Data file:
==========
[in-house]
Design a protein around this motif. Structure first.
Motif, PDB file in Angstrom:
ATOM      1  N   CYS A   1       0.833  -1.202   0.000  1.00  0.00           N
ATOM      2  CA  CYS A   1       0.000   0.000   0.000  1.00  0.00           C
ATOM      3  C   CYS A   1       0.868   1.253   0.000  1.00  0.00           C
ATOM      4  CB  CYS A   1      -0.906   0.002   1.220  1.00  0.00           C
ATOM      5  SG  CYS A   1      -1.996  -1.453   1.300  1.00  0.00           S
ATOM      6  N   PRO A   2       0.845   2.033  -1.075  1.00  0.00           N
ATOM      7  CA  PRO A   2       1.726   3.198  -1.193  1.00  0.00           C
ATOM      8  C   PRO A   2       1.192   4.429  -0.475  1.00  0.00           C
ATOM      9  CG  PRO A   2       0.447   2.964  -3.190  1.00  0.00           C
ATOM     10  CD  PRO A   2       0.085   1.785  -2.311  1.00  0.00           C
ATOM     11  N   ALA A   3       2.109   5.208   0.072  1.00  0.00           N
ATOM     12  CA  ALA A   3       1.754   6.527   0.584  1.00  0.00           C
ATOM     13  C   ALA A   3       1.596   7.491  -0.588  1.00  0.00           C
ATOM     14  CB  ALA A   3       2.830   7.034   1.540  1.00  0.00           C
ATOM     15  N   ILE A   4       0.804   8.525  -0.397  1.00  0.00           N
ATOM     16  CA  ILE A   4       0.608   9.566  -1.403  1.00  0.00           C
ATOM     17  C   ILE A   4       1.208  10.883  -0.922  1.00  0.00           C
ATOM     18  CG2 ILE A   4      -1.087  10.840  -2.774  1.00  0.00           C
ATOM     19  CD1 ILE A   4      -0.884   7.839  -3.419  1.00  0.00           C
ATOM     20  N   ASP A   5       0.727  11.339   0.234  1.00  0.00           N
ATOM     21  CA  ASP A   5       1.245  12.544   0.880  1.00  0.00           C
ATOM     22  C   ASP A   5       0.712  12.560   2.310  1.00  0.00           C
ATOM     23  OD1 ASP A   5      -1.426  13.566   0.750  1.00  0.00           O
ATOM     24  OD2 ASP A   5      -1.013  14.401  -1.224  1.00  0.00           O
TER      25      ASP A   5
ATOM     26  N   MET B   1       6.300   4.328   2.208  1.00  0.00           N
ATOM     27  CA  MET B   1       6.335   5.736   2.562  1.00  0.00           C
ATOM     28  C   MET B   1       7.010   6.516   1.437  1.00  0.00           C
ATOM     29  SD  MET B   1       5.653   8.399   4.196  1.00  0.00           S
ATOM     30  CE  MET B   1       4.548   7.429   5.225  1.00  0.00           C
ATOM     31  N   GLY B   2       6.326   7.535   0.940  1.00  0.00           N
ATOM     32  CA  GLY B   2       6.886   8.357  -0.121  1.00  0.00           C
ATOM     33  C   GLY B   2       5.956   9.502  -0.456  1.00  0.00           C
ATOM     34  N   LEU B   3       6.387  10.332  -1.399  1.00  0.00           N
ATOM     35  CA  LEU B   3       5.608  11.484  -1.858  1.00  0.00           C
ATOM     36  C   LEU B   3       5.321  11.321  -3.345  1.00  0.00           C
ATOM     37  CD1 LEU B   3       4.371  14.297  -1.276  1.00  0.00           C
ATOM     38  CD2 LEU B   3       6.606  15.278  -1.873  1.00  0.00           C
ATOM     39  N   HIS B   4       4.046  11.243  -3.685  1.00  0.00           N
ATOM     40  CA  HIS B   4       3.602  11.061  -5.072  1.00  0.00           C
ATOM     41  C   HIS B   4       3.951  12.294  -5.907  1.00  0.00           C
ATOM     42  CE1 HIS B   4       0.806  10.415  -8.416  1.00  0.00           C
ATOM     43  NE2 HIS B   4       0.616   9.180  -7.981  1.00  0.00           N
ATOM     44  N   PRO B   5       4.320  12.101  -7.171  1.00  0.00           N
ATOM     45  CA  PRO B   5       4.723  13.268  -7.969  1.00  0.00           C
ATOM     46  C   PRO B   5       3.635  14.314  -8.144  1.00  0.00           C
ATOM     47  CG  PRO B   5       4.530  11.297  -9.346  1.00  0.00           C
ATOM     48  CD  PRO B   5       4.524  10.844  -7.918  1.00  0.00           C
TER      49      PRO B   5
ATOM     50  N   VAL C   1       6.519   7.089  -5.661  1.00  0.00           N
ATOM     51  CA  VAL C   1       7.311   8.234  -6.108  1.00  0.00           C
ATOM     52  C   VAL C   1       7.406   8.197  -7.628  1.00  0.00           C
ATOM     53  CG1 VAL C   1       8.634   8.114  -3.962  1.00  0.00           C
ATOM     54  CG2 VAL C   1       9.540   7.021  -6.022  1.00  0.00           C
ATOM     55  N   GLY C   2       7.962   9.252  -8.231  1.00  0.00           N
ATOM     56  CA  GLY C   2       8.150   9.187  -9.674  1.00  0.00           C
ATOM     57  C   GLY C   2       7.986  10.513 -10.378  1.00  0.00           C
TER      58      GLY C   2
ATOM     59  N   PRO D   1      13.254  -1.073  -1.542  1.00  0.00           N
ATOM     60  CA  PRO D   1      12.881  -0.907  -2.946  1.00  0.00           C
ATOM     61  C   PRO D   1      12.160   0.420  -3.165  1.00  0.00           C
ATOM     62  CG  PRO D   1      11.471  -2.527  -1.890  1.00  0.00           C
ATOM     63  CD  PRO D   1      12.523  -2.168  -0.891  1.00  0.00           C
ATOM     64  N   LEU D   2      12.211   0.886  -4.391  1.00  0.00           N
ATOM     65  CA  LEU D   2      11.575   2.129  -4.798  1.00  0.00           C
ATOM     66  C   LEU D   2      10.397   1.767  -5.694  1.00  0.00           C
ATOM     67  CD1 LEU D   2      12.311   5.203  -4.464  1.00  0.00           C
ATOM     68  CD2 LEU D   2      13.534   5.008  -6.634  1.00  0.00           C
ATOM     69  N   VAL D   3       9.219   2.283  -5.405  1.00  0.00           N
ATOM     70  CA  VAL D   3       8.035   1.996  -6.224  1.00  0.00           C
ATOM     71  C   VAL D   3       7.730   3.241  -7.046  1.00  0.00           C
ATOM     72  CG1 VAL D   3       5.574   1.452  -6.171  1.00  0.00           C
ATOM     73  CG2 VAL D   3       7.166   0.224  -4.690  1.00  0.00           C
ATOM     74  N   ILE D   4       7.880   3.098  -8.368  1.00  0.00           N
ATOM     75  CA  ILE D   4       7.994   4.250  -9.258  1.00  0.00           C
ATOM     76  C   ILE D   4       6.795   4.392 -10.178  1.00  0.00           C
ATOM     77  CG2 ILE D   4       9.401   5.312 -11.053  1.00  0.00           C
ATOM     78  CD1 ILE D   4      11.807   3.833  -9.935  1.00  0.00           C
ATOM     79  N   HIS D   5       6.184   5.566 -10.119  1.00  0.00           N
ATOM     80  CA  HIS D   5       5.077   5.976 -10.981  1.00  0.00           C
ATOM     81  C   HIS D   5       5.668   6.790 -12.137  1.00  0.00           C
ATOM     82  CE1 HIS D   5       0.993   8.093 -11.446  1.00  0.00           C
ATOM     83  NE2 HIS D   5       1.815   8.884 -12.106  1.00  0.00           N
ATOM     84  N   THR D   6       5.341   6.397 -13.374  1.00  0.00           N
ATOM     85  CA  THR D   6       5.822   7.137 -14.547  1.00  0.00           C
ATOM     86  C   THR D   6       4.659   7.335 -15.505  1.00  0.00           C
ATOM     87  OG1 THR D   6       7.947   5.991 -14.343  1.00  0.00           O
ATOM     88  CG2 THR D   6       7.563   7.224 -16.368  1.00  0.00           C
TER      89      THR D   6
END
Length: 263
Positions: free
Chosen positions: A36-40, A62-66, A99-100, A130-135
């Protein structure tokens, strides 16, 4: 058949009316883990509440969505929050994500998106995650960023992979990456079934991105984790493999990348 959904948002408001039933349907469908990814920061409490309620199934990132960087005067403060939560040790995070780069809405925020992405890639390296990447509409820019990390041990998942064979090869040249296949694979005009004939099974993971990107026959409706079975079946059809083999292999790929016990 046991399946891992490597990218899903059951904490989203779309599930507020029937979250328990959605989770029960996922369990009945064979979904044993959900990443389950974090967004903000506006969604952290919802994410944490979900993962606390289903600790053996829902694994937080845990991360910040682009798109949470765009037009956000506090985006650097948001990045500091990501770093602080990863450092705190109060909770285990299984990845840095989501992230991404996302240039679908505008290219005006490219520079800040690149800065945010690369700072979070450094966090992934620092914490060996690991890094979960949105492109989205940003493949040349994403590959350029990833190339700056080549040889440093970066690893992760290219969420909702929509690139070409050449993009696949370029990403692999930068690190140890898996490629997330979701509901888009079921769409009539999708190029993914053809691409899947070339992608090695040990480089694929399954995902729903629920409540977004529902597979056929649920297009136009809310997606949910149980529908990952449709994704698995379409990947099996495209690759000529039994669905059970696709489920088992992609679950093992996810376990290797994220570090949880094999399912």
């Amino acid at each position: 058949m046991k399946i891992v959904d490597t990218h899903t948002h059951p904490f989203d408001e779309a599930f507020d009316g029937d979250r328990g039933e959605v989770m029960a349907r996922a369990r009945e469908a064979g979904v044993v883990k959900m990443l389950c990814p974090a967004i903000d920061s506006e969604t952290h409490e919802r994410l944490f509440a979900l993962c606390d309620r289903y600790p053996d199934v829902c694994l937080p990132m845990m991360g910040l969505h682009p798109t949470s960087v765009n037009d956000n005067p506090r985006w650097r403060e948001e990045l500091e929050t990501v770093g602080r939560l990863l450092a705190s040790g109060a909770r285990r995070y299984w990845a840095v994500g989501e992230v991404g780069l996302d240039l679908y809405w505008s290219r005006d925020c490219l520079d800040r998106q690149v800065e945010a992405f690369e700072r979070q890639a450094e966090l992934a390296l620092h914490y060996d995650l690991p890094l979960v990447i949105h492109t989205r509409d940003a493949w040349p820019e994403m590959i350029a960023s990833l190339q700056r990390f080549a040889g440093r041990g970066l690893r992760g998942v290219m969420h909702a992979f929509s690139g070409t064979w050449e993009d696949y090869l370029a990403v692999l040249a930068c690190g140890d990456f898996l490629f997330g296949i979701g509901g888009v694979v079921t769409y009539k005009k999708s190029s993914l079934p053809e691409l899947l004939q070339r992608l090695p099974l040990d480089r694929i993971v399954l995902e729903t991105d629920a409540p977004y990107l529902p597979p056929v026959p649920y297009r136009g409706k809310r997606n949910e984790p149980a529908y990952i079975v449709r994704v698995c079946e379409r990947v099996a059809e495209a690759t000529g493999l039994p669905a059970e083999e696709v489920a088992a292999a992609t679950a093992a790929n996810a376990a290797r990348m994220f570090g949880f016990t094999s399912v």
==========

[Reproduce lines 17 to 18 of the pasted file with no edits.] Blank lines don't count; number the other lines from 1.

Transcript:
ATOM     14  CB  ALA A   3       2.830   7.034   1.540  1.00  0.00           C
ATOM     15  N   ILE A   4       0.804   8.525  -0.397  1.00  0.00           N